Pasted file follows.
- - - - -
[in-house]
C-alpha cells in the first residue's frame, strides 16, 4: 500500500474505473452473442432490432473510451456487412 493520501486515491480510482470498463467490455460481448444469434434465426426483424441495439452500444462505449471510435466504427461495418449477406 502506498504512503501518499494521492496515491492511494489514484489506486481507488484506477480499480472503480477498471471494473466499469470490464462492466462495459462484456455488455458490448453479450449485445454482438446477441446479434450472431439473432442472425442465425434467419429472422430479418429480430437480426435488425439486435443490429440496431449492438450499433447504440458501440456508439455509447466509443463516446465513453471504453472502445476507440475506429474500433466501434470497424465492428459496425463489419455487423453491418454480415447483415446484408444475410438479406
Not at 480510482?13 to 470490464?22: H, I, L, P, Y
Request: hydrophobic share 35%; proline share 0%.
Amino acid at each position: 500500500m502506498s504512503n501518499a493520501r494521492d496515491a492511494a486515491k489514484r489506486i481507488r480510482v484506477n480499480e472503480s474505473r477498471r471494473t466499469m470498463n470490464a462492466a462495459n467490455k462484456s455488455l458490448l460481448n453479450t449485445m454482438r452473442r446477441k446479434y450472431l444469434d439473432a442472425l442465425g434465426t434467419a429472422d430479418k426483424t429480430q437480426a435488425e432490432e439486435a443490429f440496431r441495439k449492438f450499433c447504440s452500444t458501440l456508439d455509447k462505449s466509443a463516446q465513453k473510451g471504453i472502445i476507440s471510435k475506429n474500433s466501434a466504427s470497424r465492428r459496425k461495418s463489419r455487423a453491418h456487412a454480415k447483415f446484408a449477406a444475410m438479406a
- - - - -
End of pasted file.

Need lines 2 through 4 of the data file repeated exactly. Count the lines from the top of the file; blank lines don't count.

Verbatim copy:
C-alpha cells in the first residue's frame, strides 16, 4: 500500500474505473452473442432490432473510451456487412 493520501486515491480510482470498463467490455460481448444469434434465426426483424441495439452500444462505449471510435466504427461495418449477406 502506498504512503501518499494521492496515491492511494489514484489506486481507488484506477480499480472503480477498471471494473466499469470490464462492466462495459462484456455488455458490448453479450449485445454482438446477441446479434450472431439473432442472425442465425434467419429472422430479418429480430437480426435488425439486435443490429440496431449492438450499433447504440458501440456508439455509447466509443463516446465513453471504453472502445476507440475506429474500433466501434470497424465492428459496425463489419455487423453491418454480415447483415446484408444475410438479406
Not at 480510482?13 to 470490464?22: H, I, L, P, Y
Request: hydrophobic share 35%; proline share 0%.